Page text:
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As Arts Tax Vote Nears, It's Unclear Who Would Be In Charge

The new Mint Museum.
The Mint Museum would like to waive its admission fee for its general collection. Could the new quarter-cent arts sales tax make that possible? No one knows.

The Mint Museum's new president has a goal: Make the museum accessible as possible.

"One way to do that is obviously to be free, to not have admission charge," said president Todd Herman.

He hopes a proposed quarter-cent sales tax for the arts could let the Mint become free, waiving the $15 ticket. Today, the Mint has one night – Wednesdays – when it doesn’t charge. 

"It tends to skew younger. And families," he said. "The Lewis Family Gallery is very popular on Wednesday nights. There are all sorts of engaging activities for parents and kids."

Herman says having no admission charge would let more low-income residents visit the museum.

But there has been little talk – and no concrete plans – about using the money to let museums be free. 

Instead, the Arts and Science Council has said the new arts money would increase arts education programs into low-income communities, and the organization has said the money would prevent a “crisis” due to a decline in workplace giving.

The people supporting the tax – the ASC and Mecklenburg commissioners – have different views on who is in charge.

The ASC says it’s the county’s decision. The county says it’s the ASC’s job.

"Ultimately the county is going to decide how this money is going to get spent," said Valecia McDowell, chair of the ASC. "Based on the conversations I’ve been in with the county, I have every reason to believe there are going to be a significant number of free days. Whether or not that could have been cleared up earlier, or what have you, these are complicated issues because there are a lot of things the county has to consider."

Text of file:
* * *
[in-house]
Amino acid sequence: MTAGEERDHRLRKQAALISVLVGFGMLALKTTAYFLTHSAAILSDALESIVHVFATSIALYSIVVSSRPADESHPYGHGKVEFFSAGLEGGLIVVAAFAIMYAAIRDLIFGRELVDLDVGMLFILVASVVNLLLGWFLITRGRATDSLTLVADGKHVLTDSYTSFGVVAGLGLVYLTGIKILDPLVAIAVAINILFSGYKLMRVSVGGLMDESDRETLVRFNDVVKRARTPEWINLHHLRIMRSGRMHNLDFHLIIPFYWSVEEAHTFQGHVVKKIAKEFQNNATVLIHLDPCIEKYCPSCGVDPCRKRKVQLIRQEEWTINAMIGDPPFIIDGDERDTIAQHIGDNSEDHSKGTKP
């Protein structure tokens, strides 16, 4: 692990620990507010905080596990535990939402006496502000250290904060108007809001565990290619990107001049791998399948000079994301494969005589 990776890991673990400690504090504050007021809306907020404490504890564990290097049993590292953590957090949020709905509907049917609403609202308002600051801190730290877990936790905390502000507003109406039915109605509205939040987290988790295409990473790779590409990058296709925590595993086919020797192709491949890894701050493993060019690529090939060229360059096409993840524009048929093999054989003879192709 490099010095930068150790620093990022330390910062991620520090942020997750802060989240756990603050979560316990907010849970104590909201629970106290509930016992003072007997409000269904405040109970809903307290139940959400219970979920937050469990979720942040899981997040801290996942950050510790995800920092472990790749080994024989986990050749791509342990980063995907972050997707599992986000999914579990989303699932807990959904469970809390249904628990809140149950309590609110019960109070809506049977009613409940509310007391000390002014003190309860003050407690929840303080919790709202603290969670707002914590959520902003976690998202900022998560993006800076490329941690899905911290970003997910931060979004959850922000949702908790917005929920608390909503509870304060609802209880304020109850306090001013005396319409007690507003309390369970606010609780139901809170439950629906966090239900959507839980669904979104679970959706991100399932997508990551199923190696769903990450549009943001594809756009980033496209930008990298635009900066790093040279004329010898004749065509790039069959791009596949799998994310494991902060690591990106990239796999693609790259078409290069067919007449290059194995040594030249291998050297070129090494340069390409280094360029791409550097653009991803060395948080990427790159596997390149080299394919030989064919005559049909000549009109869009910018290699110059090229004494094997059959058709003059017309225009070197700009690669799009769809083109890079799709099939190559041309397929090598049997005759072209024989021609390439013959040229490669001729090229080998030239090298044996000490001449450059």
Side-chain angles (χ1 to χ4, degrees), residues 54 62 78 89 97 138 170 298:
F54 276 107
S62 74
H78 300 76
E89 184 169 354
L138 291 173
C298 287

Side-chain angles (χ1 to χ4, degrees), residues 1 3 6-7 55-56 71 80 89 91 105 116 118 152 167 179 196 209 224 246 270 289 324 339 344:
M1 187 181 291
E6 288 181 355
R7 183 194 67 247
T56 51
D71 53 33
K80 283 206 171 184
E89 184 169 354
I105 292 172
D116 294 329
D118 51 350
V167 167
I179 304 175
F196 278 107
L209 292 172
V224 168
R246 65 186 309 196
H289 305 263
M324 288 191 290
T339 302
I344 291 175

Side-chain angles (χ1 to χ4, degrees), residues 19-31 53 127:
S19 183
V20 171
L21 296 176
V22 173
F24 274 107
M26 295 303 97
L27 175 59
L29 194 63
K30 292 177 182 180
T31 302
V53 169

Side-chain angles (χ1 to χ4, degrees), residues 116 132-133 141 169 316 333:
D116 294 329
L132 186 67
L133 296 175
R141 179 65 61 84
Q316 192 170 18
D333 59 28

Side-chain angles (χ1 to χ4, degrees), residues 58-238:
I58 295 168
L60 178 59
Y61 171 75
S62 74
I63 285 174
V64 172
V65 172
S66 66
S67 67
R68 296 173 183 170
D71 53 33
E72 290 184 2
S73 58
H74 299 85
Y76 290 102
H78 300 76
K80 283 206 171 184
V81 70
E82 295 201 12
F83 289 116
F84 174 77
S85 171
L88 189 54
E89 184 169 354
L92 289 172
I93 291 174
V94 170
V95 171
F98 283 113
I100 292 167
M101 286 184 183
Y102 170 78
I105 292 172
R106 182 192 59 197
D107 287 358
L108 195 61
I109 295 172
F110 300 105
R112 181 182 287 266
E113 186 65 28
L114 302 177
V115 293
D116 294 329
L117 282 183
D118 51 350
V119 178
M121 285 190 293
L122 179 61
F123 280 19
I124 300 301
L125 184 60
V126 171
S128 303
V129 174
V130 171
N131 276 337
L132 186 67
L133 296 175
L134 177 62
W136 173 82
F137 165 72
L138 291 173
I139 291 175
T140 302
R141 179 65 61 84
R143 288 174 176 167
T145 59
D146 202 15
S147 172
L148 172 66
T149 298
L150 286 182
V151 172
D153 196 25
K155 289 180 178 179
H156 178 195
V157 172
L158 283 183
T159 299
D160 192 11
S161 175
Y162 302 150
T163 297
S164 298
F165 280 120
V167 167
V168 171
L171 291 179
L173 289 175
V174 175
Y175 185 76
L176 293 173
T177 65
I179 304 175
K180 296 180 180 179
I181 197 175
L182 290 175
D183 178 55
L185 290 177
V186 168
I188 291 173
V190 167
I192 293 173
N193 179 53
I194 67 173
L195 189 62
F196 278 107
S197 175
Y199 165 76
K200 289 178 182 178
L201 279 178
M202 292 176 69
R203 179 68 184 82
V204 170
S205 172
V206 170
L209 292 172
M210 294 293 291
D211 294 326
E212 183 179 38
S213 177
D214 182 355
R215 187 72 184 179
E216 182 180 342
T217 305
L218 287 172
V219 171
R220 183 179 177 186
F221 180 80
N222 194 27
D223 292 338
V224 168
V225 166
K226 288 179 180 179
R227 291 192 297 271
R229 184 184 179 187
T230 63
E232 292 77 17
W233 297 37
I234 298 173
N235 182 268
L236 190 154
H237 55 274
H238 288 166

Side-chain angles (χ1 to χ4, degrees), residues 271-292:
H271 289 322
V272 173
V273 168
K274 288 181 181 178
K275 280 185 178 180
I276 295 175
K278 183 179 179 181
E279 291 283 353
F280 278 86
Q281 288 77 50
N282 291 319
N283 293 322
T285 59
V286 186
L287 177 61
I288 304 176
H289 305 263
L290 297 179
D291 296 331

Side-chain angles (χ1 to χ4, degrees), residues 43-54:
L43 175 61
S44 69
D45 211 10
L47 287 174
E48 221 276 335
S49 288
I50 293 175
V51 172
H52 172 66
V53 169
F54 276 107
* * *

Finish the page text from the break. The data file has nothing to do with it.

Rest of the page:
But don’t count on Mecklenburg commissioners making that decision, says Commissioner Mark Jerrell, who supports the tax. 

Within a month, he expects County Manager Dena Diorio to recommend a new organization that would replace or modify the ASC.

That organization would decide how to spend the money, he said.

"The board will vote on the governance model, and depending on what that governance model looks like, that will determine who will ultimately make that call," Jerrell said.

Commissioner Trevor Fuller, who supports the arts tax, also isn’t sure who would be in charge.

"What is the mechanism for that?" Fuller asked. "It won’t be county commissioners taking votes, I don’t think."

Mecklenburg commissioners voted to place a quarter-cent sales tax on the November ballot, and almost half of the $50 million raised would go to the arts. The rest would go to education and parks and greenways.

Herman says the Mint Museum would need $500,000 a year to make its general collection free all the time.

Discovery Place, for instance, generates about $5.7  million from admission charges, but that also includes summer camps. Discovery Place has its Welcome program that lets people who receive EBT or WIC benefits visit Discovery Place for $1 a day.

Jerrell says he’s not focused on what he calls “the bigs” – the city’s major museums. 

"My focus is deploying resources into our areas that are most critical," he said. "I’m looking at how do we have sustained programming in specific communities that are underserved right now?"

As the campaign begins, there has been some tension in the arts community over the ASC’s early messaging on selling the tax to commissioners and the public.

Tom Gabbard, president of the Blumenthal, told Diorio in an email that the city’s arts community is not in a crisis as the ASC has said. He also said the ASC should “stop talking about the decline of workplace giving immediately. They make us sound like entitled trust fund kids, whining about Daddy’s annual allowance going down."

The vote on the quarter-cent sales tax will be Nov. 5 – in less than three months. 

Steve Harrison is WFAE's politics and government reporter. Prior to joining WFAE, Steve worked at the Charlotte Observer, where he started on the business desk, then covered politics extensively as the Observer’s lead city government reporter. Steve also spent 10 years with the Miami Herald. His work has appeared in The Washington Post, the Sporting News and Sports Illustrated.